Monday 20 Dec 2010


Region & Route:
| Wales & Western: Western
| Wales & Western

With five days to go until Christmas, 250 Network Rail engineers and contractors are preparing to deliver the first phase of a six-year project to upgrade Reading’s railway.

Between Christmas Day and 3 January, Network Rail will complete the resignaling of 100 miles of railway around Reading, and lift a 1,000 tonne railway bridge into place over Caversham Road. The work will require 16,000 man hours, take ten days to complete, and is the biggest engineering upgrade Network Rail is undertaking anywhere on Britain’s railway this Christmas.

Bill Henry, project director for Network Rail in Reading said: “The work we’re doing this Christmas is the launch pad for our project to improve Reading’s station and railway. The bridge we’re setting in place over Caversham Road will provide space for track to serve new platforms at the station; and the state of the art signalling technology we’re installing will allow us to make huge changes to the track layout to increase capacity and cut delays. This work will benefit passengers along the entire Western route, from south Wales and the south west to London.

“We’ve been planning and preparing for this work for well over a year now. We’re right ready to go and I’m excited to get started.”

The work over the Christmas period will mean substantial changes to train services through Reading, affecting the entire Western route. No trains will be able to run through Reading from 27-30 December, with an amended timetable in place until 4 January (the first working day of the New Year). Passengers will still be able to reach their destinations, with diversionary routes in place wherever possible to reduce the need for replacement bus services. Passengers should check the details of their journeys before they travel to see how they’re affected (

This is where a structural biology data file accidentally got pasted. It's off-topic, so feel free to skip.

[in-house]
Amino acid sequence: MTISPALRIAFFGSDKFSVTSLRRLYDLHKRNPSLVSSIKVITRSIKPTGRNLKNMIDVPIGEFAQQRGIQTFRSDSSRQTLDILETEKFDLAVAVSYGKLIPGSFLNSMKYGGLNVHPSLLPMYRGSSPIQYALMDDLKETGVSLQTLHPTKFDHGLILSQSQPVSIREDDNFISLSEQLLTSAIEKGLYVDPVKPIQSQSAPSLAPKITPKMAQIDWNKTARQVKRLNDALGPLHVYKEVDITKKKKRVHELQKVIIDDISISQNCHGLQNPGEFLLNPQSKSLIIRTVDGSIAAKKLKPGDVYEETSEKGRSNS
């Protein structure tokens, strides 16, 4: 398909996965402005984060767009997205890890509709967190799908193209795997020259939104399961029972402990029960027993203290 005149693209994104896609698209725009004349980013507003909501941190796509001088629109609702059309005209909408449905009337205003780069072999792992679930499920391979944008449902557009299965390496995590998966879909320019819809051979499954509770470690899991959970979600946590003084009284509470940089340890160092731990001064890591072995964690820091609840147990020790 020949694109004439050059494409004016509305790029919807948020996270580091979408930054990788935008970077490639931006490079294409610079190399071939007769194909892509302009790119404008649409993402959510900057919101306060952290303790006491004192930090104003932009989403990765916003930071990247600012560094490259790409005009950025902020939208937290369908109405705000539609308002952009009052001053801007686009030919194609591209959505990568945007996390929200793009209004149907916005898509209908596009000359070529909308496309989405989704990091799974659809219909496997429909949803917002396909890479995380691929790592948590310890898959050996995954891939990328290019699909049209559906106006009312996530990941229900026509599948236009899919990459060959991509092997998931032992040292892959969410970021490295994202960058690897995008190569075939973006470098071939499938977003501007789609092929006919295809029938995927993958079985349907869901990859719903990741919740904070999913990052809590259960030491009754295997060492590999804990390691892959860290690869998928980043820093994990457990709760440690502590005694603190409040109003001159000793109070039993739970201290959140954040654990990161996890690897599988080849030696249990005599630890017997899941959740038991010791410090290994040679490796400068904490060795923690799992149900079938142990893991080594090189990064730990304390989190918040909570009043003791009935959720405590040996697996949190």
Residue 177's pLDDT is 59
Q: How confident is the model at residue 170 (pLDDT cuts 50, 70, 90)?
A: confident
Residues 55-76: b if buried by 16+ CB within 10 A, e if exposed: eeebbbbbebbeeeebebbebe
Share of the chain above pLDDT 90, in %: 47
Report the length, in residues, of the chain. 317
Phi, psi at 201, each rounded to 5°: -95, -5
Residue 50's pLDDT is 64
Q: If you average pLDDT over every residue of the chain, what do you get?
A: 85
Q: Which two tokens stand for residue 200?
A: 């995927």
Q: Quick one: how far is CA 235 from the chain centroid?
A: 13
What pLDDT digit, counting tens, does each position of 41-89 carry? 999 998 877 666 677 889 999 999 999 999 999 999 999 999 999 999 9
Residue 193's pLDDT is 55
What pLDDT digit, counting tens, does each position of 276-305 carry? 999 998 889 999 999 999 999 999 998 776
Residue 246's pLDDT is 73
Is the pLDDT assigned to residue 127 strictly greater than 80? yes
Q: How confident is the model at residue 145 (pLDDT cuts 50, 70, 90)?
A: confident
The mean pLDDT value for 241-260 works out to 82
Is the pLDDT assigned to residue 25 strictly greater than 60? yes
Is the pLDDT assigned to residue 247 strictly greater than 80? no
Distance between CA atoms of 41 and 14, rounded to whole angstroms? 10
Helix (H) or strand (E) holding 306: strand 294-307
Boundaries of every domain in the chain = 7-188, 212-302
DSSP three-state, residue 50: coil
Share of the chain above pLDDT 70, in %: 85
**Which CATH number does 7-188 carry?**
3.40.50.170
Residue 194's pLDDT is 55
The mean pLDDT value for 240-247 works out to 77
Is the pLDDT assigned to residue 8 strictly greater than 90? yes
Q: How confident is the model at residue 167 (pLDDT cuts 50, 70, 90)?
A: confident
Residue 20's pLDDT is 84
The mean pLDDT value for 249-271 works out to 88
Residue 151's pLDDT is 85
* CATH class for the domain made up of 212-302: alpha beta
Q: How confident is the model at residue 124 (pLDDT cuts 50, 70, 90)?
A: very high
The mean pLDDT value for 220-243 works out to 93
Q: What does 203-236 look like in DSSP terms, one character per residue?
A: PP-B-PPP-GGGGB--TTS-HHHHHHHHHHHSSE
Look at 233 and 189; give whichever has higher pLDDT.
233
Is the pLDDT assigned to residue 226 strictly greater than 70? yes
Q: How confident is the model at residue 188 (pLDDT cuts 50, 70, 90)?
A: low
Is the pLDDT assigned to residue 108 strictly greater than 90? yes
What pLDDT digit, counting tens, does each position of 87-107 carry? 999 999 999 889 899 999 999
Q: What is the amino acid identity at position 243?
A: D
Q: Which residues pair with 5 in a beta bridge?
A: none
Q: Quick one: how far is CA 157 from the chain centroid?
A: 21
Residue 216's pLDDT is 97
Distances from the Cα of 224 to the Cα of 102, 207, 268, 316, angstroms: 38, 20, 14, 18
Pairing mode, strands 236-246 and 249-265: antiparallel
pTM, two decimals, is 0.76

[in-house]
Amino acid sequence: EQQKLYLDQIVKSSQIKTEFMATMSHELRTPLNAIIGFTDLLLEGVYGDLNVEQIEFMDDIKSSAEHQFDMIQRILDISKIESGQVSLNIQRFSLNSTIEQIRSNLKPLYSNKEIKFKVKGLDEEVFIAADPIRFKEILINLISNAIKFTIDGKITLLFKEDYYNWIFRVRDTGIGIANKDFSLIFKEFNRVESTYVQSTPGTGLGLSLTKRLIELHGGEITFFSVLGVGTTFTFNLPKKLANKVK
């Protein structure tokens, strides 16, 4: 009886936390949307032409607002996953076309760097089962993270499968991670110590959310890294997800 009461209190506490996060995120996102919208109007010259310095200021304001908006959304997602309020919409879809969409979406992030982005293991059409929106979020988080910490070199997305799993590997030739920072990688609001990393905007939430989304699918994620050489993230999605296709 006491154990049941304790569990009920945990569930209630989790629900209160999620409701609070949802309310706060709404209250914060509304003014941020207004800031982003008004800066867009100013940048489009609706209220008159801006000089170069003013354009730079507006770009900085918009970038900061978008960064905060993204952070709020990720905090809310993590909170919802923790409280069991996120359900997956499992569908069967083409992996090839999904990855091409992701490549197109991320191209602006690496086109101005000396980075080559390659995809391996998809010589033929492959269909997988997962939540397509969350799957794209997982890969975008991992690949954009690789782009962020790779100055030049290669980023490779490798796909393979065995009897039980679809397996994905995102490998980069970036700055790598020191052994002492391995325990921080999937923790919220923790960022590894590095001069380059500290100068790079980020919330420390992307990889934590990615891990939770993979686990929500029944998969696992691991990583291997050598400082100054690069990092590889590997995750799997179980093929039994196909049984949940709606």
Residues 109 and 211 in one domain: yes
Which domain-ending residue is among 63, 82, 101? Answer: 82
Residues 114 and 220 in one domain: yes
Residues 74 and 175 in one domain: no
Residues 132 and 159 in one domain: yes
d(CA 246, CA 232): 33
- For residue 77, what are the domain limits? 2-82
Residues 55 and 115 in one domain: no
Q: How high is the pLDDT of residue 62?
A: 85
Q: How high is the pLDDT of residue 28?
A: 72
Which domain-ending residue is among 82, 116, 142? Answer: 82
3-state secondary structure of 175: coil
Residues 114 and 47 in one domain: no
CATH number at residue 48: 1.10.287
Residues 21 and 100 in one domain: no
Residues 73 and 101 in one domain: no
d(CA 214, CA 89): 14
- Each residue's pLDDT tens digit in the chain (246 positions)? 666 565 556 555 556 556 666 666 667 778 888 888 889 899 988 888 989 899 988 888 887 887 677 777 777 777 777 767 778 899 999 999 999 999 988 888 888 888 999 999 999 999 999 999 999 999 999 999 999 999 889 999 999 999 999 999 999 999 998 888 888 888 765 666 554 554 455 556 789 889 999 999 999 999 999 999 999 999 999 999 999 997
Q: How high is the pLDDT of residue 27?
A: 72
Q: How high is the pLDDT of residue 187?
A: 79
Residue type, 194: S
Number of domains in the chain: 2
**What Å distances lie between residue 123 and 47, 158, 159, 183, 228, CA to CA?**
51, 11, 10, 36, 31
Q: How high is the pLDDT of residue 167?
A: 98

Work to replace the rail bridge over Caversham Road will require the closure of Caversham Road between Tudor Road (Station Hill) and Caversham Road roundabout from 8pm on 30 December 2010 to 6am on 3 January 2011. Members of the public will be able to view the bridge lift from Caversham Road (the Caversham side of the railway tracks). The main lift is scheduled to take place on the morning of New Year’s Day.

Notes to editors

Improving Reading’s railway, key facts:

The project:

· 730 trains per day serve Reading station. It’s the second busiest station in the UK outside London (only Birmingham New Street is busier)

· 14m passengers currently use Reading station every year. This is predicted to double by 2030

· Journey time to London when Reading Station opened: 1hr 5mins. Journey time to London now: 30mins.

This Christmas

· Working 24/7 for ten days

· Over 250 Network Rail employees and contractors working over the Christmas period

· Over 16,000 man hours

Caversham Road bridge

· 1,000 tonne bridge deck

· Moved by a self propelled modular transporter with 72 axels. Each axel can be turned independently to allow for very precise movements

· 25cm – the amount of clearance between the new bridge and the corner of our offices on its route to Caversham Road. We’re removing part of the facia from our building to provide an extra metre’s clearance.


· The whole project will transfer control for over 100 miles of railway from Reading to Didcot

· There are seven stages of recontrol. Stages 1-3 (between Woodborough and Theale on the Berks and Hants line, and from Goring to Cholsey on the Great Western Mainline) are complete

· Stages 4-7 (between Ruscombe and Pangbourne on the Great Western Mainline, to Theale on the Berks and Hants line, and to Wokingham on the Southern lines) will be completed between 25 – 30 December

Contact information

Passengers / community members
Network Rail national helpline
03457 11 41 41

Latest travel advice
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Network Rail press office - South East route
020 3357 7969

About Network Rail

We own, operate and develop Britain's railway infrastructure; that's 20,000 miles of track, 30,000 bridges, tunnels and viaducts and the thousands of signals, level crossings and stations. We run 20 of the UK's largest stations while all the others, over 2,500, are run by the country's train operating companies.

Usually, there are almost five million journeys made in the UK and over 600 freight trains run on the network. People depend on Britain's railway for their daily commute, to visit friends and loved ones and to get them home safe every day. Our role is to deliver a safe and reliable railway, so we carefully manage and deliver thousands of projects every year that form part of the multi-billion pound Railway Upgrade Plan, to grow and expand the nation's railway network to respond to the tremendous growth and demand the railway has experienced - a doubling of passenger journeys over the past 20 years.

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